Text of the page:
Thursday, August 17, 2006


Yes, I meant to post this on a Thursday. Shut up.

The first time I heard Thursday, some emo/hardcore/Morrissey fan played some song off of "Full Collapse" for me... I think. I thought it was kind of heavy in a way I had never heard before, but it also had that anthemic punk/hardcore quality that makes so many kids go fucking ga-ga for them. What fascinated me most, though, was this intangible little resevoir of artsyness in the background of Thursday that I could barely hear. It was buried deep like hearing a cell phone or microwave radio transmission through a hissy amplifier you leave on accidentally-- as if signals were crossing a random, beautiful way. They were obviously art-faggy but I could tell it went deeper for the band than just an image, like with Tool. Some of my first thoughts about Thursday was that they were the Tool of emo. Now I know that's the Mars Volta.

Still, I've always had this strange listening relationship with Thursday.

The band's new record, "A City By the Light Divided," I should add, is good-- maybe deserving of the label "very good." A B+, perhaps. Many people are saying, not me necessarily, that its "the best record they've made so far." What all this means to me is this: Its the first Thursday record I can honestly say I'll be listening to more than once or twice within my day-to-day listening habits. I should also mention this band is destined (doomed?) to grow on me at a glacial pace. I cannot help it.

Most of the American public (read: middle-class, MySpace-trolling 15-24 year olds) became aware of Thursday in 2003 when they released "War All of the Time" (the band has a knack for making poignant, almost-overwrought, almost-confrontational record and song titles that straddle the political and personal). They got a video on MTV. They even got radio play in some major markets. The rising cabal of Friendsters and MySpacers were going nuts for their MP3s and tour stops. Thursday launched their most successful tour to-date with Coheed and Cambria (a stop, at which, I attended with some reluctance).

On this tour were two huge high school/college favorites. Coheed attracted the geeky side of the MySpace generation, Thursday the more confessional side. More was at work here than just this, however. Thursday, in a way that Coheed and other "emo" bands can't, bring many disparate kinds of people together. I-- a free-jazz and progressive rock nerd that also indulges in southern rock wearing a Joy Division t-shirt at that show, if that makes any sense to you-- was even drawn to Thursday's live show. Their lead singer, the tender, charismatic Geoff Rickley, was deathly ill that night, he told me. Before he told me, I noticed his energy was notably sapped. This is a man who has (unintentionally) bloodletted and fractured and/or broken his own bones on stage. The most he did that night in 2003 was throw up his microphone really high and catch it in the air as he was jumping. It's not too big a "whoopie" in comparison.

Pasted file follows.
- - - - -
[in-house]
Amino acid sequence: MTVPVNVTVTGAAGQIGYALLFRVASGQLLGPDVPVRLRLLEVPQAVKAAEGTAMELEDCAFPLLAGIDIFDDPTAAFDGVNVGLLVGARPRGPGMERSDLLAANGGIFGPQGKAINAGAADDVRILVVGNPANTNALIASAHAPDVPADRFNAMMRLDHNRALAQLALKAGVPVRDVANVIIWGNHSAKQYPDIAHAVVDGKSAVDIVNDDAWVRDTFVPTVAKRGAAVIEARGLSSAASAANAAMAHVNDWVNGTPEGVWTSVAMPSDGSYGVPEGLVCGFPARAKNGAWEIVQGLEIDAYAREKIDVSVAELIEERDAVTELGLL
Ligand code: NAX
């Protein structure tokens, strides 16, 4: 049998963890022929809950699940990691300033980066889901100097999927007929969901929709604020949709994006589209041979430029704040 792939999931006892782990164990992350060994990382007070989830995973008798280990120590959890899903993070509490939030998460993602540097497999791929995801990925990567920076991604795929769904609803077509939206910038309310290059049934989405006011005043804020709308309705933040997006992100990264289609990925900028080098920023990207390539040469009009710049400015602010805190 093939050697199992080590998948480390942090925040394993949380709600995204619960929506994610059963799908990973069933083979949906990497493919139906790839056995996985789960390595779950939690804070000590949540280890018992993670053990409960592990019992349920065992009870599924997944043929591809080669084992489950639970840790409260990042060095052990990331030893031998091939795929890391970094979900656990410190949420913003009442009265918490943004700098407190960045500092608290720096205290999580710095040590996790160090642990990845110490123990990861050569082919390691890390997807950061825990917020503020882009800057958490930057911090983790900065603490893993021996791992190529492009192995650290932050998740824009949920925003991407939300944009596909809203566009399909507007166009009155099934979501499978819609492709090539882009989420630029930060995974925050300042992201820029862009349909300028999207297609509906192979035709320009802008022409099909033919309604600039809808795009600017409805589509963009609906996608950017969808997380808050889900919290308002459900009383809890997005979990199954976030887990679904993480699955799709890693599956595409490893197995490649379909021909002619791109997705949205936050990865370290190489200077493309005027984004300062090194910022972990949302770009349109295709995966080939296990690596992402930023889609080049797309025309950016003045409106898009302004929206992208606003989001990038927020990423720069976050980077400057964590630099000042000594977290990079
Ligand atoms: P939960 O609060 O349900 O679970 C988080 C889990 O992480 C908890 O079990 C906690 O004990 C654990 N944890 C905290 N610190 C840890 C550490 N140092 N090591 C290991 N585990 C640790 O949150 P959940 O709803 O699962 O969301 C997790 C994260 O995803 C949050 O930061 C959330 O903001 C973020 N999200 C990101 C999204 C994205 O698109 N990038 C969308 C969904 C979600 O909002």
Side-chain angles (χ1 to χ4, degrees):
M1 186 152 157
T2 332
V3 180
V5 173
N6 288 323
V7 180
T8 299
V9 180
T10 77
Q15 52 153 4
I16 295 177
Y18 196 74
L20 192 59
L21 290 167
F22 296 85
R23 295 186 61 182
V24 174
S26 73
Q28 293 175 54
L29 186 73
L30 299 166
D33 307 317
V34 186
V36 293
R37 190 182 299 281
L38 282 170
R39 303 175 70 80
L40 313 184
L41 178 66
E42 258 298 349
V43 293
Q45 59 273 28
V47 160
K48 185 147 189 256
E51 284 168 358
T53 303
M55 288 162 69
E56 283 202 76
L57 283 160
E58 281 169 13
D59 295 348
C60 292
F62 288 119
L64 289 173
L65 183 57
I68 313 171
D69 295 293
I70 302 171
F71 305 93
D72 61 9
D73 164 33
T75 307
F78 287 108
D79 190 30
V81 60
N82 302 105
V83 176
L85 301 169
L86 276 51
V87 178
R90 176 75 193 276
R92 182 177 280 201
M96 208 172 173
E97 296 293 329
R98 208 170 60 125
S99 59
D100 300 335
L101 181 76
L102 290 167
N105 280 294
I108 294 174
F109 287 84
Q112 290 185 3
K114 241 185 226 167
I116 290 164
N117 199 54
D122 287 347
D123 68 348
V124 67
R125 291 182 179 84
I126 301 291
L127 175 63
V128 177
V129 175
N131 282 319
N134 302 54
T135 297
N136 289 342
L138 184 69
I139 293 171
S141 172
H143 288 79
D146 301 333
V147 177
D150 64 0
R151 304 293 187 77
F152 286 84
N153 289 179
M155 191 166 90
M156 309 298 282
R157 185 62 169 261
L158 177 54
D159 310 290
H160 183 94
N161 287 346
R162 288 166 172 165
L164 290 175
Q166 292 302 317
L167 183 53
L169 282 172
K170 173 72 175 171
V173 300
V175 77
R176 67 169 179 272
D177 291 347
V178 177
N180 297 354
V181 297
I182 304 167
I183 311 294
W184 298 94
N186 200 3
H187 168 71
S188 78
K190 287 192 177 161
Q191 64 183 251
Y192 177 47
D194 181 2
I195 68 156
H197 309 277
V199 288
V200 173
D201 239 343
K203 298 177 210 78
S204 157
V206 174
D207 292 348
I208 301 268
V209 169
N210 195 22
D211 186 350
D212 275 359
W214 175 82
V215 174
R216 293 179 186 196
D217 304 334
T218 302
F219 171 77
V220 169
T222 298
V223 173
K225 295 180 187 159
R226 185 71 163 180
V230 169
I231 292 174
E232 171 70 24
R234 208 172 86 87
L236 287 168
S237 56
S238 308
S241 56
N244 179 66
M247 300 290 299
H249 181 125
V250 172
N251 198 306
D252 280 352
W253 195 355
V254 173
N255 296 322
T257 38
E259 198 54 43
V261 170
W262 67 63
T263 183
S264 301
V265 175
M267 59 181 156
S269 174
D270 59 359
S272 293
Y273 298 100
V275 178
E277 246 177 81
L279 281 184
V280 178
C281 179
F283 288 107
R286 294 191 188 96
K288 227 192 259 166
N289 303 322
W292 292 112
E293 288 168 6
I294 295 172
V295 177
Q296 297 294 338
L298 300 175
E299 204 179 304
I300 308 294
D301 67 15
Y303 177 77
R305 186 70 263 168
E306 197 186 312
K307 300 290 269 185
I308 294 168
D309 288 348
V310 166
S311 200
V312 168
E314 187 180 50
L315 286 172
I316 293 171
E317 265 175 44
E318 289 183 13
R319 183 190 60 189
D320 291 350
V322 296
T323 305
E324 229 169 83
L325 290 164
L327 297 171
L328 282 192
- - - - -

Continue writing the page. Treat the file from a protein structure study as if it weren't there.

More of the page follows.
But Thursday's significance remains. Everyone in that venue (a usually super-corporate rock club) was riveted. Everyone young (gothy Hot Topic kids to emo high schoolers) and old (nerdy art-rock lovers and the more "mature" indie crowd) were there. Thursday, and this is perhaps true of Coheed and the Mars Volta, can bring together bands of Taking Back Sunday and Tool and no one's the worse for it.

Thursday, unlike Coheed or the Mars Volta, aims much higher. They want to be more mainstream, have a bigger audience and are probably the only emo band in the world with the potential to be a household name and have a career longer than ten years.

Thursday could be more than just an artsy alternative for the emo/hardcore set, they could be another brand of anthemic rock music, like a U2 for the emo set. I don't think that's at all an exaggeration.


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